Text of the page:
To followers of QAnon, the convoluted collection of conspiracy theories that falsely claims the country is dominated by deep-state bureaucrats and Democrats who worship Satan, the word “storm” had particular resonance. Adherents have often referred to a coming storm, after which Mr. Trump would preside over a new government order.

In online discussions, some QAnon followers and militia groups explored which weapons and tools to bring. “Pack a crowbar,” read one message posted on Gab, a social media refuge for the far right. In another discussion, someone asked, “Does anyone know if the windows on the second floor are reinforced?”

Still, the many waves of communication did not appear to result in a broadly organized plan to take action. It is also unclear if any big money or coordinated fund-raising was behind the mobilization, though some Trump supporters appear to have found funds through opaque online networks to help pay for transportation to the rally.

“Patriots, if you need financial help getting to DC to support President Trump on January 6th, please go to my website,” a QAnon adherent who identified himself as Thad Williams, of Tampa, Fla., posted on Twitter three days before the event. He said he had raised more than $27,000. (After the Capitol assault, the money transfer companies PayPal and Stripe shut down his accounts. Mr. Williams did not return a phone message, but the website for his organization, Joy In Liberty, said it had given out $30,000 to fund transportation for “deserving patriots.”)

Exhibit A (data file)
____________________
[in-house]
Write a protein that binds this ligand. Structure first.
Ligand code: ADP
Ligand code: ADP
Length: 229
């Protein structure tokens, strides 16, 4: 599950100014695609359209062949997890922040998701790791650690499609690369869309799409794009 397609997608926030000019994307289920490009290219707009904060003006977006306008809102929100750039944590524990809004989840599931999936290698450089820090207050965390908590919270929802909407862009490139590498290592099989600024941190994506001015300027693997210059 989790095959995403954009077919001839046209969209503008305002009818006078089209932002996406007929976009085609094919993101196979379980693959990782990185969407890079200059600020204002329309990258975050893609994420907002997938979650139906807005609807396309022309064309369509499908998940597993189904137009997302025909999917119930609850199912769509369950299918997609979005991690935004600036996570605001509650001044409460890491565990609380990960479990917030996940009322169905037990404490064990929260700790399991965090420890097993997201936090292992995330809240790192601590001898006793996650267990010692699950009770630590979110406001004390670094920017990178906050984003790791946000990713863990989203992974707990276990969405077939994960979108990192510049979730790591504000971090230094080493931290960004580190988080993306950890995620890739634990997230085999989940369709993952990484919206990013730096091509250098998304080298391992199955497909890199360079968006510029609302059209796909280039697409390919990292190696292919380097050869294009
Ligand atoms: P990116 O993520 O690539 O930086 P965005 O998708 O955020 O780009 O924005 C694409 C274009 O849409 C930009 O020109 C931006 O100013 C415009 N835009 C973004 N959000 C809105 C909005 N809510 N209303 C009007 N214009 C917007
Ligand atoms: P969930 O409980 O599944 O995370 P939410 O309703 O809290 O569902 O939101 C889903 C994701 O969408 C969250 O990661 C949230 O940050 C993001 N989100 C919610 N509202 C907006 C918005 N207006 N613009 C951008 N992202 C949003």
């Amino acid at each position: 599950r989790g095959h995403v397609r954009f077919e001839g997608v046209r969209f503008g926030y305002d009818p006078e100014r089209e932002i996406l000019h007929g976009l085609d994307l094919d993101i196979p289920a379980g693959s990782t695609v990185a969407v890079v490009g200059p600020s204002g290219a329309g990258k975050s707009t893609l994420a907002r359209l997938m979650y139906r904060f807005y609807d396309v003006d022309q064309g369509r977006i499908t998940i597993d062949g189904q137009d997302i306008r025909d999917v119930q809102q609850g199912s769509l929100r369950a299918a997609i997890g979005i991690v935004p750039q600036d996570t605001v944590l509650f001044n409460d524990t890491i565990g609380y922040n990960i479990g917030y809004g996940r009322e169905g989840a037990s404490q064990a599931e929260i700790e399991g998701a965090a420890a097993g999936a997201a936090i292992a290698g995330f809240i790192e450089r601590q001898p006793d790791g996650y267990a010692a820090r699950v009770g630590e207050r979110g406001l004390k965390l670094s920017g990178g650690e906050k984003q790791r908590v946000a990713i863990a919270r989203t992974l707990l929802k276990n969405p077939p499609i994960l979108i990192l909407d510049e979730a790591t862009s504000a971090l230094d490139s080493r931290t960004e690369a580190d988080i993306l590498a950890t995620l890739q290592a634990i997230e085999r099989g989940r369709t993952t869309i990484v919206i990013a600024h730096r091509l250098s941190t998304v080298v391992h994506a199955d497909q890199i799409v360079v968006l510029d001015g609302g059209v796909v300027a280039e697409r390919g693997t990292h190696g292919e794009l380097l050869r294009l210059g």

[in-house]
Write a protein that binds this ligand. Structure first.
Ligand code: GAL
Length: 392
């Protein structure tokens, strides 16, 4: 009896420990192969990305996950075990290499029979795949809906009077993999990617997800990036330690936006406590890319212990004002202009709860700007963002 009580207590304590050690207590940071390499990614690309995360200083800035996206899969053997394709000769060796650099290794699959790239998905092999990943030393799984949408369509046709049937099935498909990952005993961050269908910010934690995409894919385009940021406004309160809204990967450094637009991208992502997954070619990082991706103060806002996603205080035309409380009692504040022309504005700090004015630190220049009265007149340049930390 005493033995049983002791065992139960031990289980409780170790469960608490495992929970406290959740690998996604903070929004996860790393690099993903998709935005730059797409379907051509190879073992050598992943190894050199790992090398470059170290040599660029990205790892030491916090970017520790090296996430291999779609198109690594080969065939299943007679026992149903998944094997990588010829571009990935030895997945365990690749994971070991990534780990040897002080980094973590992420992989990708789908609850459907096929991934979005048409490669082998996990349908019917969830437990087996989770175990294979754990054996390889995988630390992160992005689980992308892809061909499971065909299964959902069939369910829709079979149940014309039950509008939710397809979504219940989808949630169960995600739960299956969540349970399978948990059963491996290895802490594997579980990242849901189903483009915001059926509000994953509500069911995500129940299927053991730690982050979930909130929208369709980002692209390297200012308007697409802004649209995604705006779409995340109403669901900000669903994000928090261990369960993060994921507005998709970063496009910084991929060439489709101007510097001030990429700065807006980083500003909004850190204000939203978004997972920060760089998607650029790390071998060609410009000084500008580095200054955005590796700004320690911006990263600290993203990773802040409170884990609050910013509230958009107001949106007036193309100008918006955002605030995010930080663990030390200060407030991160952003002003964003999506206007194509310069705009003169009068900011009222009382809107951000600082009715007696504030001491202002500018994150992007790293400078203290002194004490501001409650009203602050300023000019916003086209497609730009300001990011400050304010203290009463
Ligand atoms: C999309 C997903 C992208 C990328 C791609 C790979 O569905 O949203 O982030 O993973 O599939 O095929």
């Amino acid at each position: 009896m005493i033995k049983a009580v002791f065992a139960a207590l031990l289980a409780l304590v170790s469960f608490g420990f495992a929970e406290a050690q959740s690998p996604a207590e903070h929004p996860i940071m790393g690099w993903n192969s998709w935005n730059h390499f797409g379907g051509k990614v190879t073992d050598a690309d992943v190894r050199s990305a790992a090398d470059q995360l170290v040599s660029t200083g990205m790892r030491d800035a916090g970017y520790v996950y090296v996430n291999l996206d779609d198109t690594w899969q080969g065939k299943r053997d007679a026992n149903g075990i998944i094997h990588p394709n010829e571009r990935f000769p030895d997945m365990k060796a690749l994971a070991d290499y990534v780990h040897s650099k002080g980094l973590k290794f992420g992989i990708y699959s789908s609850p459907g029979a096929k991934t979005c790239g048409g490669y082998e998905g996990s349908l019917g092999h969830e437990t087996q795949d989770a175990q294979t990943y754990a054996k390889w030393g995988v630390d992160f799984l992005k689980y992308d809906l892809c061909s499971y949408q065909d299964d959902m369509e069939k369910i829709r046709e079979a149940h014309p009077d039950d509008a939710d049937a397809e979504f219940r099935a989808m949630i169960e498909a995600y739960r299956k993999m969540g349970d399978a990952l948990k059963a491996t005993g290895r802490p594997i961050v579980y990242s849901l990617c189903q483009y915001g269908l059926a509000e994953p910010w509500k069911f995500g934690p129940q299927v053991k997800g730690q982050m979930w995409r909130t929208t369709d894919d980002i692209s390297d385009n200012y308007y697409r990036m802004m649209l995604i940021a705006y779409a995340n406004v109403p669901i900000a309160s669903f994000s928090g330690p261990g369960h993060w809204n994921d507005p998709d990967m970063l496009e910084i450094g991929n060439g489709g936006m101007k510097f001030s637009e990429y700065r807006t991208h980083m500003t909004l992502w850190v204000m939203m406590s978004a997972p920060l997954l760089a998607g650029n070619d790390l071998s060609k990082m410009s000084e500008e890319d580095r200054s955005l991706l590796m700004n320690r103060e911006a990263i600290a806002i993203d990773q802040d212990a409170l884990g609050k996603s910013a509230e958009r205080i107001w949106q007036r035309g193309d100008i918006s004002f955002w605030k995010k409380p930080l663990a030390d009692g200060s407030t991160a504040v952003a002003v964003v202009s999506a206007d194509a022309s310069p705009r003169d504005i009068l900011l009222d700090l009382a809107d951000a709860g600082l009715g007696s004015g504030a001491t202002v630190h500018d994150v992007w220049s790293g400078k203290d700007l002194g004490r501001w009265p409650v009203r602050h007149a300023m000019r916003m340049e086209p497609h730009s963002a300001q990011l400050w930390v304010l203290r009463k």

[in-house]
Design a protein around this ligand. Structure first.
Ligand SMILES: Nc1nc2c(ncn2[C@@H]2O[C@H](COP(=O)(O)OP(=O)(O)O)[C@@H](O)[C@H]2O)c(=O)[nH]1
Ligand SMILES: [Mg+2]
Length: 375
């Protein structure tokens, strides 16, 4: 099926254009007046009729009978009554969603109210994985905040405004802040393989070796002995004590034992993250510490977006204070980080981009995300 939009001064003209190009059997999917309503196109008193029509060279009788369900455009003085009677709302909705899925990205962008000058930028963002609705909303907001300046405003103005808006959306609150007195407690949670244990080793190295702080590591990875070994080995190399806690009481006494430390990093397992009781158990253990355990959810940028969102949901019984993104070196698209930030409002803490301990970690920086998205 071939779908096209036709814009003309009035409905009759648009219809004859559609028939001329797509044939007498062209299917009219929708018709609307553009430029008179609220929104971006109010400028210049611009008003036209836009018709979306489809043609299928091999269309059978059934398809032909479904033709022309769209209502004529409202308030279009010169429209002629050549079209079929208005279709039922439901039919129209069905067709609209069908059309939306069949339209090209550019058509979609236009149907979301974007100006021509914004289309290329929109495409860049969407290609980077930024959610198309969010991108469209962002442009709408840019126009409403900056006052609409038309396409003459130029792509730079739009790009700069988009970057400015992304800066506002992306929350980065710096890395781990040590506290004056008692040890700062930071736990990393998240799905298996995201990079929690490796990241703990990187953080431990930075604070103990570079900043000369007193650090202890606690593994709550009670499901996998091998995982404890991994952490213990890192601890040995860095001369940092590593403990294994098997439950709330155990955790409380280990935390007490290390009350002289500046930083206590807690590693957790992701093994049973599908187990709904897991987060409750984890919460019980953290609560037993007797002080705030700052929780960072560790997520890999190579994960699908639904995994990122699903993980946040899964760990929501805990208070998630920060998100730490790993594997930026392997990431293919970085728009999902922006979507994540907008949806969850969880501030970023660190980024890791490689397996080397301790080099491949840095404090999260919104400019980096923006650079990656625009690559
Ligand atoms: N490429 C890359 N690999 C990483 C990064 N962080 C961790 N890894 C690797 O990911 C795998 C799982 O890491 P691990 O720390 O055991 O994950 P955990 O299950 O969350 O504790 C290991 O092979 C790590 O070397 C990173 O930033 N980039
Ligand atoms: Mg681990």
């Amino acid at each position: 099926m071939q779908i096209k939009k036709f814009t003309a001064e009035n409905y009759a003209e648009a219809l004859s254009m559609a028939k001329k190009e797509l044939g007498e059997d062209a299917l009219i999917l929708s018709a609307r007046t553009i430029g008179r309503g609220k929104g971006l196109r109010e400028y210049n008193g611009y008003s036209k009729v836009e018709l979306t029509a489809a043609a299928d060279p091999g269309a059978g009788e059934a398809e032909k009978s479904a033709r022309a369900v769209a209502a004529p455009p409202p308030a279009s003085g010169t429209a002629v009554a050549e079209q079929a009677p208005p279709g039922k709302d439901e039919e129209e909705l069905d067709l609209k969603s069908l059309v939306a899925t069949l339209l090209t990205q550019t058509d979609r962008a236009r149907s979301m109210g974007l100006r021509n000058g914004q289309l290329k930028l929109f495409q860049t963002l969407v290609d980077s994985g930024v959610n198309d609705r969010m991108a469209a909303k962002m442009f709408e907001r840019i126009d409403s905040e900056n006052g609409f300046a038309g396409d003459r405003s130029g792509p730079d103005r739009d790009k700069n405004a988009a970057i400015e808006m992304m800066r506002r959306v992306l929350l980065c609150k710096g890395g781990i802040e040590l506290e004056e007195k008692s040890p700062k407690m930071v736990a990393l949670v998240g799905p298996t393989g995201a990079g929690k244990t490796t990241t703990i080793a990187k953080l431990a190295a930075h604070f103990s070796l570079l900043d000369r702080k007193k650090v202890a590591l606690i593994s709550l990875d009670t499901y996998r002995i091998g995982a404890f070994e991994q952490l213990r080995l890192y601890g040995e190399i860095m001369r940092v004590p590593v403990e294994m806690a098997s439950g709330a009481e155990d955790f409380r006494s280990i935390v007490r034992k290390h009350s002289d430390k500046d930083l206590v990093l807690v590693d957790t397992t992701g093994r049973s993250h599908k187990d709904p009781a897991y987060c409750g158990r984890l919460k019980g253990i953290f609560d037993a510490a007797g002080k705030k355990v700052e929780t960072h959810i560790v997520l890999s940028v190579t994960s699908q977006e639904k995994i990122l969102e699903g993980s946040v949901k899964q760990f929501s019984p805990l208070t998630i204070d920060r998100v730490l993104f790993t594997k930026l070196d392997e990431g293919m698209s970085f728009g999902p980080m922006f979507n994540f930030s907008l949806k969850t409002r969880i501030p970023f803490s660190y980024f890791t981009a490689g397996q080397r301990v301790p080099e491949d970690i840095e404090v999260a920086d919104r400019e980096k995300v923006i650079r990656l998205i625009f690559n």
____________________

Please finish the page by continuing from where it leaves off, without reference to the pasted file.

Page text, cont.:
On Tuesday, the eve of the march, a couple thousand people gathered at Freedom Plaza in Washington for “The Rally to Save America” event, permitted as “The Rally to Revival.” The disparate interests of those attending were reflected by the speakers: well-known evangelists, alt-right celebrities (Alex Jones of Infowars) and Trump loyalists, including his former national security adviser Michael Flynn and the self-described Republican dirty trickster Roger Stone, both of whom he had pardoned.